By Brent Smith
[Brent is the preaching minister of the Trenton Church of Christ in Trenton, TN.]
Ben-Hadad, king of Syria, besieged Samaria, the capital of Israel. The siege cut off the city’s food supplies, and its inhabitants began to starve. One of the women of the city called out to the king for help. She went on to tell him her predicament: “This woman said to me, ‘Give your son, that we may eat him today, and we will eat my son tomorrow.’ So we boiled my son, and ate him. And I said to her on the next day, ‘Give your son, that we may eat him;’ but she has hidden her son” (2 Kings 6.28-29).
The story turns our stomachs. How could a mother, no matter how hungry, kill her own child? Starving to death would be a much better alternative. We are so thankful that such barbarism doesn’t take place in our own land. Or does it?
Every day in sterile and “respectable” clinics, thousands of mothers who are not starving to death elect to have their babies poisoned, crushed, ripped apart — their skulls cracked and their brains vacuumed out. Why? Oh, for a number of reasons: they want to pursue their careers, to hide adultery, to protect their figures, to keep their immorality secret from mom and dad. The babies are not eaten, but in some cases body parts are harvested and sold.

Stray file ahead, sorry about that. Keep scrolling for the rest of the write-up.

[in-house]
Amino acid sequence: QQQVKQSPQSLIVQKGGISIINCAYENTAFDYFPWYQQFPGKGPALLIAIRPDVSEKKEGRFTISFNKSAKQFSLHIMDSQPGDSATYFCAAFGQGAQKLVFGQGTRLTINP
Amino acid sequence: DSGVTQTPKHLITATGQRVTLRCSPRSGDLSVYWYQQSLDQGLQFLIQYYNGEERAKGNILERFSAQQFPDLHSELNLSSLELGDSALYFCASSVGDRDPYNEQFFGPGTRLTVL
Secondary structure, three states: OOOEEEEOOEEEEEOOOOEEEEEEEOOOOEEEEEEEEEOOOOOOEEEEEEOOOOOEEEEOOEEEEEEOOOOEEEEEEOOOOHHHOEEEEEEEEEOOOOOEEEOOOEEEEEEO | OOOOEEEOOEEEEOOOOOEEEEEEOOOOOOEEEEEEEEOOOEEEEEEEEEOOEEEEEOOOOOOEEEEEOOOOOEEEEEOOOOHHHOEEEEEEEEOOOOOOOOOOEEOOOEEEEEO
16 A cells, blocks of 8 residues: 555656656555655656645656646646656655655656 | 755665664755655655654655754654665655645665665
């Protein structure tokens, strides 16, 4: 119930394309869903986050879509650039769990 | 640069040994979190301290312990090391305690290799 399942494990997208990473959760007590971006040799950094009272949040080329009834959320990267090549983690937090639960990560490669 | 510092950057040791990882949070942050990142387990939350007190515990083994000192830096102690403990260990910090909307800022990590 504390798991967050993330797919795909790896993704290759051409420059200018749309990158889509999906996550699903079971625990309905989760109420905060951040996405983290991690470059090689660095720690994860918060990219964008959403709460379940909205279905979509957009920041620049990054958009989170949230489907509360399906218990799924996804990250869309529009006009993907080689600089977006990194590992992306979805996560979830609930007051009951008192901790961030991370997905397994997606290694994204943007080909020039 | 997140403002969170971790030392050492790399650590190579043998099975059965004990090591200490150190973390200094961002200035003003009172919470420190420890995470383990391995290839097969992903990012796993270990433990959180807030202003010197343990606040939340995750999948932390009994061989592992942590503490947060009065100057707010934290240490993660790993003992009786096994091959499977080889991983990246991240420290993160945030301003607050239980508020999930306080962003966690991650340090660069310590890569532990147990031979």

Even the wicked king Jehoram was horrified (2 Kings 6.30). How, we wonder, could German citizens during the Holocaust have been so oblivious and silent while innocent men, women and children were being systematically exterminated in their own back yards? Are we not horrified by our own atrocities against the unborn?? Are we desensitized? In love, we must speak the truth (Eph. 4.15). In love, we must continue to expose the horrors of abortion. In love we must continue to warn that God hates hands that shed innocent blood (Prov. 6.16-17). In love, we must allow ourselves to feel the pain of these innocent children and to speak up for those who cannot speak for themselves.